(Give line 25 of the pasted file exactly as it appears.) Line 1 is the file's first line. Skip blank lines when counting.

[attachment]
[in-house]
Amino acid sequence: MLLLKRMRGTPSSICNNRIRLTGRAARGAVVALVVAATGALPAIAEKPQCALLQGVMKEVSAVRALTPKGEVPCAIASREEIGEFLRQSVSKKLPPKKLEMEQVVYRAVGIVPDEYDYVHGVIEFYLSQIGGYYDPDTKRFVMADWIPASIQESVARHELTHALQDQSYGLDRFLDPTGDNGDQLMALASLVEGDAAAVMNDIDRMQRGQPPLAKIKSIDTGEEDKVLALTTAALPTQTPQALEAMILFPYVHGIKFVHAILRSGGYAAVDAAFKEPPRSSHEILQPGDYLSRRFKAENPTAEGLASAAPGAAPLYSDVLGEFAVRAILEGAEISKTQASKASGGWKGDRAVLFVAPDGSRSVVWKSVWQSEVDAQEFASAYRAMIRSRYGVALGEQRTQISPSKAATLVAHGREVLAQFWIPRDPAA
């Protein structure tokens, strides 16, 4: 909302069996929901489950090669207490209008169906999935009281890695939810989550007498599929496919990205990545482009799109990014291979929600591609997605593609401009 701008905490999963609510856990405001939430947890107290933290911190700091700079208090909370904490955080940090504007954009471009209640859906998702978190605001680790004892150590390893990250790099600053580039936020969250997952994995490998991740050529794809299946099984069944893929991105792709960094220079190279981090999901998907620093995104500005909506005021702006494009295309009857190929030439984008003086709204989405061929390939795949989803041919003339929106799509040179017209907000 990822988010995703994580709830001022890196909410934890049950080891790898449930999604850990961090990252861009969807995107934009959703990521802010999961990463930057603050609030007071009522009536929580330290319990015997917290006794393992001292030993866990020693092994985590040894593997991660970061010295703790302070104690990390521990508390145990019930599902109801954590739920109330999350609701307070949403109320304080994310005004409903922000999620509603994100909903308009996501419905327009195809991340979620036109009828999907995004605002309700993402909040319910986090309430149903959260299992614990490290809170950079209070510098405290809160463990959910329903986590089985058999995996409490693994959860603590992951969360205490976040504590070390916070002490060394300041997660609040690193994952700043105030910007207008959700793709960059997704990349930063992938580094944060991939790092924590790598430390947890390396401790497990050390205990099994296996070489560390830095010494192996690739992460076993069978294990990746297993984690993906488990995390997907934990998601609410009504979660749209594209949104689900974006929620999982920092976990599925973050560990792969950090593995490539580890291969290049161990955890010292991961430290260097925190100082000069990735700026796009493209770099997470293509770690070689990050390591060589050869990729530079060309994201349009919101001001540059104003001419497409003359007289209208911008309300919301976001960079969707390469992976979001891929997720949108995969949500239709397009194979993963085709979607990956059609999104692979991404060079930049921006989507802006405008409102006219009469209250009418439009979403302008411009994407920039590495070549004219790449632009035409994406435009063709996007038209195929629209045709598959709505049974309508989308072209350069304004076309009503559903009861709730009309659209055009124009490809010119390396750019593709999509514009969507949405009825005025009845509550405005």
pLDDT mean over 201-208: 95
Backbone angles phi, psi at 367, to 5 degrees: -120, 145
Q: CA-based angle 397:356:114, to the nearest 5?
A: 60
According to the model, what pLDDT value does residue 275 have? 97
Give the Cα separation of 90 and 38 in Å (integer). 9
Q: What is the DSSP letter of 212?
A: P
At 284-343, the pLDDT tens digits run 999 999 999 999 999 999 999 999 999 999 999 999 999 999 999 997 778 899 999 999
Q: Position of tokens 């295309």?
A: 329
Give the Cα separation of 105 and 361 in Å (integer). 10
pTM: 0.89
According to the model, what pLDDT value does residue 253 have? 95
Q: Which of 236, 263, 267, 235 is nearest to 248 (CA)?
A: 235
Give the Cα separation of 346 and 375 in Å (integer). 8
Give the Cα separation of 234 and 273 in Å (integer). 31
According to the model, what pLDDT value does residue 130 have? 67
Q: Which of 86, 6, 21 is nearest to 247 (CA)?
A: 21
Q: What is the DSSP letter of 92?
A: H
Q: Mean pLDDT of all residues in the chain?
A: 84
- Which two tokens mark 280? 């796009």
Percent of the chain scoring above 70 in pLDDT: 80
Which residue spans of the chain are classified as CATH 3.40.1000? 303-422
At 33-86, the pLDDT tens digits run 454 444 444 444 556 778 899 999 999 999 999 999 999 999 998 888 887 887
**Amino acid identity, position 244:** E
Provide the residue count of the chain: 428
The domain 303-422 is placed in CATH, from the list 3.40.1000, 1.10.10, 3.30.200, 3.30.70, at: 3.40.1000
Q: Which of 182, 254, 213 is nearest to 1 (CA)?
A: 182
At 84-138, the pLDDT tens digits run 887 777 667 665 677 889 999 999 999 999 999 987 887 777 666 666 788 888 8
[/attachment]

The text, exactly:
Q: What is the DSSP letter of 92?